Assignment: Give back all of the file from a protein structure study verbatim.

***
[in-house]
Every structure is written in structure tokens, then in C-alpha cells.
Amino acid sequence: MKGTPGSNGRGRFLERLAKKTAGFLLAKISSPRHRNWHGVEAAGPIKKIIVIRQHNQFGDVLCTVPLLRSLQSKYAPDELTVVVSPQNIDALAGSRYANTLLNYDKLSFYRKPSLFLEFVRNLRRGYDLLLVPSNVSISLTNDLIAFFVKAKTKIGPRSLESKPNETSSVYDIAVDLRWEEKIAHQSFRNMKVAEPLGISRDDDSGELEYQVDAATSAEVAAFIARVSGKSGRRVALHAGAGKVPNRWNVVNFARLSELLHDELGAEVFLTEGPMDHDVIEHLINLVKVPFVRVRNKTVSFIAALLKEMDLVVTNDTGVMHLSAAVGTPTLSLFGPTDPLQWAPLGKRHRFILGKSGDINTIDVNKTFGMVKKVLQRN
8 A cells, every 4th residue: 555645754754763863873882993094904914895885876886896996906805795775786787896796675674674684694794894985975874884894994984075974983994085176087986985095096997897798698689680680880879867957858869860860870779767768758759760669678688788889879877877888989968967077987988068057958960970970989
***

[in-house]
Every structure is written in structure tokens, then in C-alpha cells.
Amino acid sequence: MKGTPGSNGRGRFLERLAKKTAGFLLAKISSPRHRNWHGVEAAGPIKKIIVIRQHNQFGDVLCTVPLLRSLQSKYAPDELTVVVSPQNIDALAGSRYANTLLNYDKLSFYRKPSLFLEFVRNLRRGYDLLLVPSNVSISLTNDLIAFFVKAKTKIGPRSLESKPNETSSVYDIAVDLRWEEKIAHQSFRNMKVAEPLGISRDDDSGELEYQVDAATSAEVAAFIARVSGKSGRRVALHAGAGKVPNRWNVVNFARLSELLHDELGAEVFLTEGPMDHDVIEHLINLVKVPFVRVRNKTVSFIAALLKEMDLVVTNDTGVMHLSAAVGTPTLSLFGPTDPLQWAPLGKRHRFILGKSGDINTIDVNKTFGMVKKVLQRN
8 A cells, every 4th residue: 555645754754763863873882993094904914895885876886896996906805795775786787896796675674674684694794894985975874884894994984075974983994085176087986985095096997897798698689680680880879867957858869860860870779767768758759760669678688788889879877877888989968967077987988068057958960970970989